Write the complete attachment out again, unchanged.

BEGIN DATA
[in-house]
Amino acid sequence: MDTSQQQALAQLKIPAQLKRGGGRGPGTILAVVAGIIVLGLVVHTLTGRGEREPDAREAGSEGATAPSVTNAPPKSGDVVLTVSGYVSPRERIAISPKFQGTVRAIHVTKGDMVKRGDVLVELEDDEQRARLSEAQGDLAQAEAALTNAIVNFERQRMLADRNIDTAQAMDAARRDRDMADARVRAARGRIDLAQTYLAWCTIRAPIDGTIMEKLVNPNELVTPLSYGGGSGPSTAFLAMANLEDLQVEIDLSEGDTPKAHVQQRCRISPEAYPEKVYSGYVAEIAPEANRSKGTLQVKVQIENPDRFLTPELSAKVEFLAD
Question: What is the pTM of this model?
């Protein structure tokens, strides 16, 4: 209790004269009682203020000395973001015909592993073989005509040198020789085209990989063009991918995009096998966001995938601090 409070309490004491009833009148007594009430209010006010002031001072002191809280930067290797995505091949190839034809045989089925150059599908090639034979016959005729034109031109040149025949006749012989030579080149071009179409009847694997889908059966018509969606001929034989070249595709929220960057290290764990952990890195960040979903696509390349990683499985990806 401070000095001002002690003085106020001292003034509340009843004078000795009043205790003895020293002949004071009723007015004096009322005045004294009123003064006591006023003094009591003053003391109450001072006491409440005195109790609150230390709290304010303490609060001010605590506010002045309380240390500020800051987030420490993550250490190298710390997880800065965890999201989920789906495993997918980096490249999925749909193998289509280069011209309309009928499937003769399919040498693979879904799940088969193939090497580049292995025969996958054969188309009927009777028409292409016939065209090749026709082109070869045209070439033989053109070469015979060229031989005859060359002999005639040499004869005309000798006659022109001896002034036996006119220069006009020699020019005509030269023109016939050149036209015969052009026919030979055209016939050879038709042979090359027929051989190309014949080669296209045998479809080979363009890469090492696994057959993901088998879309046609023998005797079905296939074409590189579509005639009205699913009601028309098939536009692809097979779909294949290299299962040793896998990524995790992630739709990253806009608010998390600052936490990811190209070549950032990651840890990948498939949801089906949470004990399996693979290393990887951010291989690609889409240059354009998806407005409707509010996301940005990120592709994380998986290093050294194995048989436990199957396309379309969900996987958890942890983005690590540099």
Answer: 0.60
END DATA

[in-house]
Amino acid sequence: MDTSQQQALAQLKIPAQLKRGGGRGPGTILAVVAGIIVLGLVVHTLTGRGEREPDAREAGSEGATAPSVTNAPPKSGDVVLTVSGYVSPRERIAISPKFQGTVRAIHVTKGDMVKRGDVLVELEDDEQRARLSEAQGDLAQAEAALTNAIVNFERQRMLADRNIDTAQAMDAARRDRDMADARVRAARGRIDLAQTYLAWCTIRAPIDGTIMEKLVNPNELVTPLSYGGGSGPSTAFLAMANLEDLQVEIDLSEGDTPKAHVQQRCRISPEAYPEKVYSGYVAEIAPEANRSKGTLQVKVQIENPDRFLTPELSAKVEFLAD
Question: What is the pTM of this model?
């Protein structure tokens, strides 16, 4: 209790004269009682203020000395973001015909592993073989005509040198020789085209990989063009991918995009096998966001995938601090 409070309490004491009833009148007594009430209010006010002031001072002191809280930067290797995505091949190839034809045989089925150059599908090639034979016959005729034109031109040149025949006749012989030579080149071009179409009847694997889908059966018509969606001929034989070249595709929220960057290290764990952990890195960040979903696509390349990683499985990806 401070000095001002002690003085106020001292003034509340009843004078000795009043205790003895020293002949004071009723007015004096009322005045004294009123003064006591006023003094009591003053003391109450001072006491409440005195109790609150230390709290304010303490609060001010605590506010002045309380240390500020800051987030420490993550250490190298710390997880800065965890999201989920789906495993997918980096490249999925749909193998289509280069011209309309009928499937003769399919040498693979879904799940088969193939090497580049292995025969996958054969188309009927009777028409292409016939065209090749026709082109070869045209070439033989053109070469015979060229031989005859060359002999005639040499004869005309000798006659022109001896002034036996006119220069006009020699020019005509030269023109016939050149036209015969052009026919030979055209016939050879038709042979090359027929051989190309014949080669296209045998479809080979363009890469090492696994057959993901088998879309046609023998005797079905296939074409590189579509005639009205699913009601028309098939536009692809097979779909294949290299299962040793896998990524995790992630739709990253806009608010998390600052936490990811190209070549950032990651840890990948498939949801089906949470004990399996693979290393990887951010291989690609889409240059354009998806407005409707509010996301940005990120592709994380998986290093050294194995048989436990199957396309379309969900996987958890942890983005690590540099």
Answer: 0.60